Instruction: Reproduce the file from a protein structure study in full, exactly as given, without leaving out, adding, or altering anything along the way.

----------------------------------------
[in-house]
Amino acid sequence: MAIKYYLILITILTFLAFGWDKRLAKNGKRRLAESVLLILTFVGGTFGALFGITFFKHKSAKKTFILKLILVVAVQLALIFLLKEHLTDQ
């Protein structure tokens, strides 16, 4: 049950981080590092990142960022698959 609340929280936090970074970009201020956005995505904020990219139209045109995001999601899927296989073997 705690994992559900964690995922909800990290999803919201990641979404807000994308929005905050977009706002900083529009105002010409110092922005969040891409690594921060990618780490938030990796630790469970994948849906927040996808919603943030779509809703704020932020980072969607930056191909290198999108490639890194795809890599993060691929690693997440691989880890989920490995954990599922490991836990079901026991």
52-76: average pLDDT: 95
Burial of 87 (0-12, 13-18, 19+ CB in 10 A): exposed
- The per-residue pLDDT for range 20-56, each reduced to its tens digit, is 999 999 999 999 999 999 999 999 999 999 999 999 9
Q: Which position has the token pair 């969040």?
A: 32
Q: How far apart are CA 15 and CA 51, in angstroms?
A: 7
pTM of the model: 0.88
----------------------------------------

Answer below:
[in-house]
Amino acid sequence: MAIKYYLILITILTFLAFGWDKRLAKNGKRRLAESVLLILTFVGGTFGALFGITFFKHKSAKKTFILKLILVVAVQLALIFLLKEHLTDQ
């Protein structure tokens, strides 16, 4: 049950981080590092990142960022698959 609340929280936090970074970009201020956005995505904020990219139209045109995001999601899927296989073997 705690994992559900964690995922909800990290999803919201990641979404807000994308929005905050977009706002900083529009105002010409110092922005969040891409690594921060990618780490938030990796630790469970994948849906927040996808919603943030779509809703704020932020980072969607930056191909290198999108490639890194795809890599993060691929690693997440691989880890989920490995954990599922490991836990079901026991």
52-76: average pLDDT: 95
Burial of 87 (0-12, 13-18, 19+ CB in 10 A): exposed
- The per-residue pLDDT for range 20-56, each reduced to its tens digit, is 999 999 999 999 999 999 999 999 999 999 999 999 9
Q: Which position has the token pair 């969040």?
A: 32
Q: How far apart are CA 15 and CA 51, in angstroms?
A: 7
pTM of the model: 0.88